Eric Schlosser’s book Fast Food Nation: The Dark Side of the All-American Meal explores the global influence of the American fast food industry. It first appeared in serialised form in Rolling Stone magazine and was later made into a film. In 2012 a new edition appeared with an ‘afterword’ commenting on other issues such as the increased interest in organic food and the exploitation of poor workers in the food industry.
The Amazon blurb for the current edition of the book says:
In 2001, Fast Food Nation was published to critical acclaim and became an international bestseller. Eric Schlosser’s exposé revealed how the fast food industry has altered the landscape of America, widened the gap between rich and poor, fueled an epidemic of obesity, and transformed food production throughout the world. The book changed the way millions of people think about what they eat and helped to launch today’s food movement.
In a new afterword for this edition, Schlosser discusses the growing interest in local and organic food, the continued exploitation of poor workers by the food industry, and the need to ensure that every American has access to good, healthy, affordable food. Fast Food Nation is as relevant today as it was a decade ago. The book inspires readers to look beneath the surface of our food system, consider its impact on society and, most of all, think for themselves.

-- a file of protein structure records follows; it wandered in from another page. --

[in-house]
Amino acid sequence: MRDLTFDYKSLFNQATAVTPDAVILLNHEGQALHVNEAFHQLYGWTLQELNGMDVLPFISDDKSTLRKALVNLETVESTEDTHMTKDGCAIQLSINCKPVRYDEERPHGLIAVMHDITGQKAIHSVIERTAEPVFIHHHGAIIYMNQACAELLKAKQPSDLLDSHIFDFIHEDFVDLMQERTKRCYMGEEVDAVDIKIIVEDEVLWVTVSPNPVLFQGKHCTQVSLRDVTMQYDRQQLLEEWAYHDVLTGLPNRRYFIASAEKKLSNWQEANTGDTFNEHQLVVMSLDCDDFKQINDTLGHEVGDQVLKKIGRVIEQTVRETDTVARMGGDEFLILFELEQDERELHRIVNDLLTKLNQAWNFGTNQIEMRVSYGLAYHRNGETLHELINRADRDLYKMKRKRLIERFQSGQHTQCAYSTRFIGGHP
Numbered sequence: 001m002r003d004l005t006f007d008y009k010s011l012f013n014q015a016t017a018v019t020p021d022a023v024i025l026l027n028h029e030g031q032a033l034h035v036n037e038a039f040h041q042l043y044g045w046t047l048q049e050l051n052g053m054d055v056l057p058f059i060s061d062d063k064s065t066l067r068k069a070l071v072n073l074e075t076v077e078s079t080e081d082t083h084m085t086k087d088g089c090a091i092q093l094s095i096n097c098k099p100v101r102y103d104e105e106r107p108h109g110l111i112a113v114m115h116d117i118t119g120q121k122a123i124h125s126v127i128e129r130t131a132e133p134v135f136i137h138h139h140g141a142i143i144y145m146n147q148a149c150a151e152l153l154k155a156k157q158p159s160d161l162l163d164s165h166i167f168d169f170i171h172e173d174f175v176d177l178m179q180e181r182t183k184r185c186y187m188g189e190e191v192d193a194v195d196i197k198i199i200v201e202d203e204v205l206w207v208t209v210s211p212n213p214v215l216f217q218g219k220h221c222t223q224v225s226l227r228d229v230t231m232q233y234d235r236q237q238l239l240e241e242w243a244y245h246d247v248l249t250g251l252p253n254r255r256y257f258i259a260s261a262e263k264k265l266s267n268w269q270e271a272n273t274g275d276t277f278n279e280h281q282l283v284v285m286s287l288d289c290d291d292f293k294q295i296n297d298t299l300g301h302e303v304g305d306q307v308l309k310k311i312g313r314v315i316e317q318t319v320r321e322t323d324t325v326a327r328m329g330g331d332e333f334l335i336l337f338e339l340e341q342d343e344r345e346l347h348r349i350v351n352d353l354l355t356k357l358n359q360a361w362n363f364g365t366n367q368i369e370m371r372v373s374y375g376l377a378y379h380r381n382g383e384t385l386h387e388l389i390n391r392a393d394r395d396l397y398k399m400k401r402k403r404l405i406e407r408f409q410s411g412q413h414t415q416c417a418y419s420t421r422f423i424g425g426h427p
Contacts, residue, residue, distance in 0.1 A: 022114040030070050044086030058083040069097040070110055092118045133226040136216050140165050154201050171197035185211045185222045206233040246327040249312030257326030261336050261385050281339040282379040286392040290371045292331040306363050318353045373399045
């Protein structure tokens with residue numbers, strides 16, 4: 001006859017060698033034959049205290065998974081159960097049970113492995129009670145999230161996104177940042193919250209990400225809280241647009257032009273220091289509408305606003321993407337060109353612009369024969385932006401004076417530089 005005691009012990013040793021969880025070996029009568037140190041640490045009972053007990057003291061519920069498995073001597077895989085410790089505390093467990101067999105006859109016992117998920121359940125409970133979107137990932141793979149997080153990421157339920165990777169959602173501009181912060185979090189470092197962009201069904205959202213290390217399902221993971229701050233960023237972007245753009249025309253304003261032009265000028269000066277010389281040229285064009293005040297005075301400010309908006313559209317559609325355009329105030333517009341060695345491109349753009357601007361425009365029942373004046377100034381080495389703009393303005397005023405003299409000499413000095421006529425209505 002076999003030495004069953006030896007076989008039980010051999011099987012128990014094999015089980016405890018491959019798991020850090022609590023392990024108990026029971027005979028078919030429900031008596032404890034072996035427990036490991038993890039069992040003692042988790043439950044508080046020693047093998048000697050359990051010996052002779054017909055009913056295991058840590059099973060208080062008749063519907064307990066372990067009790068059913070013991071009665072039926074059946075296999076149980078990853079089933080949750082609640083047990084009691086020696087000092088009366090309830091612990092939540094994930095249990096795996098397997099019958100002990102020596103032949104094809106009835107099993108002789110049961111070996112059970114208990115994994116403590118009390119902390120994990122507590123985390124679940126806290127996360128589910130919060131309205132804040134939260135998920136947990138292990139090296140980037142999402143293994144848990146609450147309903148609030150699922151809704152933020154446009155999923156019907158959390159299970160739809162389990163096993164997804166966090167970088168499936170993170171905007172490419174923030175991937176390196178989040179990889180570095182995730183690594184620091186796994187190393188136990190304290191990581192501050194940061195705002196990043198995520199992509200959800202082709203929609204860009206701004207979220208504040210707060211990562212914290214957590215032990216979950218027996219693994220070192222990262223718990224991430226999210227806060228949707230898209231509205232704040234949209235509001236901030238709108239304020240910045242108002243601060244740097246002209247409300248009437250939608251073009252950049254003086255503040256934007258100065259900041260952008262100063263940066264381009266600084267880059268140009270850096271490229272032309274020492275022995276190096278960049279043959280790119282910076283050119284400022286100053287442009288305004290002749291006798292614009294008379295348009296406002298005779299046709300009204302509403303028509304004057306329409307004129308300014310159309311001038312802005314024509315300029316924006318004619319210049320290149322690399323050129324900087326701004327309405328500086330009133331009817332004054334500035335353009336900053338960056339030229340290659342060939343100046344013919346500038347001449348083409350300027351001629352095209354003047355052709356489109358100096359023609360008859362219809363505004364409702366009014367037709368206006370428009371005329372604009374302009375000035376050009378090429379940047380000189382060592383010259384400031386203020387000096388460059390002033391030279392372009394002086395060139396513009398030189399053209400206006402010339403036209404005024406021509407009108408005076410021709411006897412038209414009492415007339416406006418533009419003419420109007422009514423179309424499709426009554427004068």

The movie fictionalised the book, substituting “Mickey’s” for McDonald’s and “The Big One” for Big Mac. Critics were mixed in their reactions, one calling it an “angry and persuasive piece of agitprop” while another said, “This movie has taken a firebrand book and turned it into a whingeing piece of defeatism”. Another said “‘Fast Food Nation’ might have translated into a compelling documentary. Instead, Schlosser’s research is used as a springboard into a sluggish fictional narrative that merely hints at the grim reality”. The upshot: read the book, skip the movie.